But if he knew I was the daring man who did
To put his old baronial castle up to let,
He would not let me speak to thee again-
E'en if I saved my head.
Dearest and fairest, I will leave thee now,
When next we meet I pray it may be happily.
Curline. Farewell.
Adolphe. Until to-morrow, fare thee well. [Exit ADOLPHE.
Curline (gazing anxiously after him).
Did he believe that I was rich ?
And will he change?
No, no, I will not think it.
[Exit to slow music-" The Tempest of the Heart."




OVERTURE.--" Good bye, Sweetheart, Good bye."
SCENE.-The same-twenty-four hours must be supposed to
have elapsed since the Second Act.
[Enter CURLINE attended by LOUISE-she seats herself
Curline. How hot it is! I scarcely thought that I could reach
the dell,
I seem to have no strength.
Louise. Dearest lady, you are not well.
Shall I fan you, shall I bring
Cooling water from the spring.
Or to please you shall I sing?
I know a new and pretty song.
Curline. Sing it, then, if not too long.
[LOUISE seats herself at a little distance from her mistress,
and displays some Berlin wool work, upon which she
employs herself whilst singing.
AIR.-" Gaily the Troubadour." [Sings.
Gaily the gold-digger shouldered his spade,
Gaily he thought on the fortune he'd made,
Singing, 'From Australia hither I come,
Laden with gold, lady love, welcome me home.'
She for the gold-digger hopelessly wept,
Sadly she thought of him whilst others slept,
Singing, In search of gold, only didst thou roam,
Gold-digger, gold-digger, come to thy home.'
Under the balcony softly he came,
Under the balcony breathing her name,


Singing, 'From Australia hither I've come,
Laden with gold, lady love, welcome me home.'"
And they were married and lived happy for ever after.
Curline. It would have been much happier for them if he
had not gone.
Louise. But then, my lady, don't you see, there would have
been no song.
Do you feel better now
Curline. But little.
[Rises, walks about in an agitated manner.
I cannot sit, I cannot rest,
Louise, art sure my father's stranger guest
Was Count Adolphe?
Louise. My lady, as I said before, I say,
It was the Count Adolphe, I saw him ride away.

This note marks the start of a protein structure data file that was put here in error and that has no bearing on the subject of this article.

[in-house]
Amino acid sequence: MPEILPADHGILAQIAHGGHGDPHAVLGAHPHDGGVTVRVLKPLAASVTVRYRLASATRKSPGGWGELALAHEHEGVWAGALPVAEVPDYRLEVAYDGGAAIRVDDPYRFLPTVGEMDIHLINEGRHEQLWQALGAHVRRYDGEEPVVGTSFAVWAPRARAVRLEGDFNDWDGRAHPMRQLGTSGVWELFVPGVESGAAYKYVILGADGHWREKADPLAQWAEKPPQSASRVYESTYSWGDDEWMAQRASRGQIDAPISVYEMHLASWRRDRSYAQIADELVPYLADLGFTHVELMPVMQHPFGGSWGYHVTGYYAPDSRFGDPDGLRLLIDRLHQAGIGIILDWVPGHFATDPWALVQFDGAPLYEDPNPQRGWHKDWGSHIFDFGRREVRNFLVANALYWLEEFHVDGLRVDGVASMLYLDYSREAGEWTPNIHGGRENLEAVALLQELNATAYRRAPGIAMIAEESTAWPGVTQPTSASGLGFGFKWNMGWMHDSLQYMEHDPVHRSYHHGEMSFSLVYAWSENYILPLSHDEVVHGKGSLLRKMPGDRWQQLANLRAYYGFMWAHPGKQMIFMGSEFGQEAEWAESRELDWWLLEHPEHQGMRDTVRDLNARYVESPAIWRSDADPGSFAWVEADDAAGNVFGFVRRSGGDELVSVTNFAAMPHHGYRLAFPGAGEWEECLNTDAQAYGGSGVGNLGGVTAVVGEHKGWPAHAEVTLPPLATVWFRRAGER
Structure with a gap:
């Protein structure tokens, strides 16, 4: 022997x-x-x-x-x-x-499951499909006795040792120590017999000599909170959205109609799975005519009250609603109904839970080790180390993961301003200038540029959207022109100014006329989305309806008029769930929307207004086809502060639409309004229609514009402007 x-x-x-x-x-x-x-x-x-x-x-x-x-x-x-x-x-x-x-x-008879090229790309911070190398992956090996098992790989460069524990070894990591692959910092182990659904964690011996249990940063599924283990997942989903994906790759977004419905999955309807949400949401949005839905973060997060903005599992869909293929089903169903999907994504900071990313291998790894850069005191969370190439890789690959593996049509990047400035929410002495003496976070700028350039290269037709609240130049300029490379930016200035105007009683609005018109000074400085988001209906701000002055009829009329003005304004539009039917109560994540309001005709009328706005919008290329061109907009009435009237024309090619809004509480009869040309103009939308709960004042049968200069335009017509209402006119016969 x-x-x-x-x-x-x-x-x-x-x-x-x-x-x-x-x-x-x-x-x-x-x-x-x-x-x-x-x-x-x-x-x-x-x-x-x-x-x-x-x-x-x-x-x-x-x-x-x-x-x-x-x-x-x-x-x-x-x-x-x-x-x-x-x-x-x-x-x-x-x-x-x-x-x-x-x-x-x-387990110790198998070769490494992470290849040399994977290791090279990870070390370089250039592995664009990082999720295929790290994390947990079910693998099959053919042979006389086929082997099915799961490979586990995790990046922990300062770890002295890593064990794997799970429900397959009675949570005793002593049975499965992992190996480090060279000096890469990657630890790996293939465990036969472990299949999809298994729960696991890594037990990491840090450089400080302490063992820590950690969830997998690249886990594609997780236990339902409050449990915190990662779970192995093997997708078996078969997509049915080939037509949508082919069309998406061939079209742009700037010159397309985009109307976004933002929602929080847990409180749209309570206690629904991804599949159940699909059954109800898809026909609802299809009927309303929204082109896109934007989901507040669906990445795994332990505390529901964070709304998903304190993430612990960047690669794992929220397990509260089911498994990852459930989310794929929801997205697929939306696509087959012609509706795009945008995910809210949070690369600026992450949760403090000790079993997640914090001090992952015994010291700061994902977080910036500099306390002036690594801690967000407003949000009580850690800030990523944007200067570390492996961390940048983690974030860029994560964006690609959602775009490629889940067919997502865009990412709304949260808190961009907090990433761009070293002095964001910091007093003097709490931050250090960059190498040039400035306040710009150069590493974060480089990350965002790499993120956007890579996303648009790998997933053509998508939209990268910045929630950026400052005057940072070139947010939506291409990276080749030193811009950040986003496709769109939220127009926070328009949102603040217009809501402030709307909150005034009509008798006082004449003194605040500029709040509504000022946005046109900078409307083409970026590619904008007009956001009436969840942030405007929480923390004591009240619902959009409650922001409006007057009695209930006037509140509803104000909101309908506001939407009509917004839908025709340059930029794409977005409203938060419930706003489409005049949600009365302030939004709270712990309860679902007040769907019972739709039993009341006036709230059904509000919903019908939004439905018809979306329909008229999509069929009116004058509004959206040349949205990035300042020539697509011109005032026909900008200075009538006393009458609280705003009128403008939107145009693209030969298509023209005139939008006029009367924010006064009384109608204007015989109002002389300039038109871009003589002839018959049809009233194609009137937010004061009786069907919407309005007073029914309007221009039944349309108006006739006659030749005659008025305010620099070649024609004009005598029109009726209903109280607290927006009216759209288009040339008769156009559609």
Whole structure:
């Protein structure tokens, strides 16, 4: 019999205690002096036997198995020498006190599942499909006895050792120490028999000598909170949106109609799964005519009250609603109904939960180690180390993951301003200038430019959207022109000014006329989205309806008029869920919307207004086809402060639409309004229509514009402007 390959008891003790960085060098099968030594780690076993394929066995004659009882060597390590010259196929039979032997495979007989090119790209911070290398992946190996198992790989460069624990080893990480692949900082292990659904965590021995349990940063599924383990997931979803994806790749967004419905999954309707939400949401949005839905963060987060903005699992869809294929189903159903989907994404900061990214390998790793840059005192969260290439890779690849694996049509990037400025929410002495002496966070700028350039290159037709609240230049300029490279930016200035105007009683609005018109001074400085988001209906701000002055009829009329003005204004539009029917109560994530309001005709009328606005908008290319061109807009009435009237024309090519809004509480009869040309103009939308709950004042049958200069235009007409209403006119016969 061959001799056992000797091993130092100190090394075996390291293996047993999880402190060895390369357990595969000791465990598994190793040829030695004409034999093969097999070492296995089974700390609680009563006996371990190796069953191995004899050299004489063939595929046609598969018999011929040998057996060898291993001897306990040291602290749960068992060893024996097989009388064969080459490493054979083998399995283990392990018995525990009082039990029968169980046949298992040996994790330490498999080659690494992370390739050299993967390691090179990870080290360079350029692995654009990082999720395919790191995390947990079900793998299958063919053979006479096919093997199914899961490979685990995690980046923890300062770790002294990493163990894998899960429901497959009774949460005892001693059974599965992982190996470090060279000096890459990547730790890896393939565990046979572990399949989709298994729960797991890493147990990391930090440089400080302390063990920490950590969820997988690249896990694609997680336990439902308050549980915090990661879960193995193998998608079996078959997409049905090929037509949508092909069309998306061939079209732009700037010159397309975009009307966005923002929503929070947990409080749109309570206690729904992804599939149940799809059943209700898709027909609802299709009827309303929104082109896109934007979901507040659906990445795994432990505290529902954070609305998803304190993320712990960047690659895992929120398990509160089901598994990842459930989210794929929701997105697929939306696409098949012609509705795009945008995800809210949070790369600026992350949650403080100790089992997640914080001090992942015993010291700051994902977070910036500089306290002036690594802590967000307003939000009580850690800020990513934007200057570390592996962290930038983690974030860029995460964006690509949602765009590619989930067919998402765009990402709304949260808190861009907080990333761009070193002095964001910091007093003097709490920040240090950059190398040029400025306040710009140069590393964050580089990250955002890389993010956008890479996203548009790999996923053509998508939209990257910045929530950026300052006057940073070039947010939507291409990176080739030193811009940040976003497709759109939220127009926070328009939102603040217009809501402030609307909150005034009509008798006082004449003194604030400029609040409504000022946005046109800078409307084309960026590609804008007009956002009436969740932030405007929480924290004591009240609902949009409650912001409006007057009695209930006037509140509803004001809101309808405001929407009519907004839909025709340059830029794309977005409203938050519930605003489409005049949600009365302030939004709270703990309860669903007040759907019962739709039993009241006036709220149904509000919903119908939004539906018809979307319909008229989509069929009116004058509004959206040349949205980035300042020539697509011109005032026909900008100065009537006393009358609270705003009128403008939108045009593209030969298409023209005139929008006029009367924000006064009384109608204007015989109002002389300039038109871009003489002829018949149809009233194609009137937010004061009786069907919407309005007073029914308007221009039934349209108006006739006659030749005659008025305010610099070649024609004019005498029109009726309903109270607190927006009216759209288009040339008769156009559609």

And here he comes !
[Takes up her work and retires into the conservatory.
Curline (resuming her seat and looking towards the door).
He comes! his look is downcast, and his step is
He sees me, and he hastens-ah, now I all shall
Enter ADOLPHE-he advances quickly, and takes her hand.
Adolphe. Curline, I've sued for this dear hand-
Thy father-
Curline. He says-
Adolphe. No (seats himself near her.)
But I'll not give thee up-say thou wilt not
Forget me, though, unhappily, we should
Be parted for a time.
Curline. What said my father-why did he object?
Adolphe. He plainly said that he had debts, large debts,
That none should woo his daughter who did lack


The will or power to lend him gold to pay.
Lend was the word he used-and said thus more
That at his death the lands of Grimberg would
Amply repay a loan from Grimberg's son-in-law.
Curline. And thou?
Adolphe. I am not poor-
My rank I can support--but still, alas !
I have no hoard, I have no gold to lend.
But I will win thee yet, I'll not despair.
Of me it was predicted long ago,
That I should owe my fortune to my sword.
I will unto the wars, do deeds of might,
Gain honour and renown, and wealth and thee.
(Sings), AIR.-" I'll hang my harp on a willow tree."
"I'll leave my heart behind me with thee,
And I'll off to the wars again;
A peaceful home hath great charms for me,
But the battle-field no pain.
And the lady I love shall soon be my bride
With a diadem on her brow;
Oh, how can I tear myself from her side?
Oh, how can I leave her now?"
Thou, wilt be true to me, Curline,
Thou wilt not forget me?
Curline. Nay, it is thou who may forget-
Amid new scenes thou wilt new faces see,
And then, perhaps-
Adolphe. Speak it not. I were not worthy of thy love
If I could change.
Give me some token, something that I may cherish
When far away from thee.
Dare I ask for one of these ringlets ?
Curline (calls). Louise! Louise! Enter LOUISE.
Louise. My lady, I am here.


Curline. Your scissors, quick!
[Takes them from her. Soft music. AIR.-" Take this
cup of sparkling wine." CURLINE cuts off a ringlet,
which, of course, must be a false one, placed for the
purpose amongst her own, and gives it to ADOLPHE,
Take this ringlet, it is thine.
Adolphe. Round my heart it shall entwine,
Ne'er with life will I resign
This token of unchanging love.
(Continues, changing to The Standard Bearer."
The lady of my love I will not name,
But still I guard her ringlet as a token;
And never shall expire bright honour's flame,
Nor ever shall my knightly vow be broken.
Curline. But thou, perhaps, on some far-off battle-field
Wilt lie amongst the slain.
Can wealth be won no other way ?
Thy life will be endangered for my sake-
Oh no, it must not be!
Adolphe. Fear not; I could not go if I had not strong hope
I should return.
[CURLINE buries her face in her hands. Fairy voices are
heard from the conservatory, singing-
"Away with melancholy,
No doleful changes ring
On life and human folly,
But merrily, merrily, sing, fa, la."
Enter LovIss.
Louise. My lady, do you hear those voices strange ?
Adolphc. Hush! be silent.
Curline. Listen.


Voices continue.
"Come on, ye rosy hours,
Gay smiling moments bring;
We'll strew the way with flowers,
Then merrily, merrily, sing, fa, la."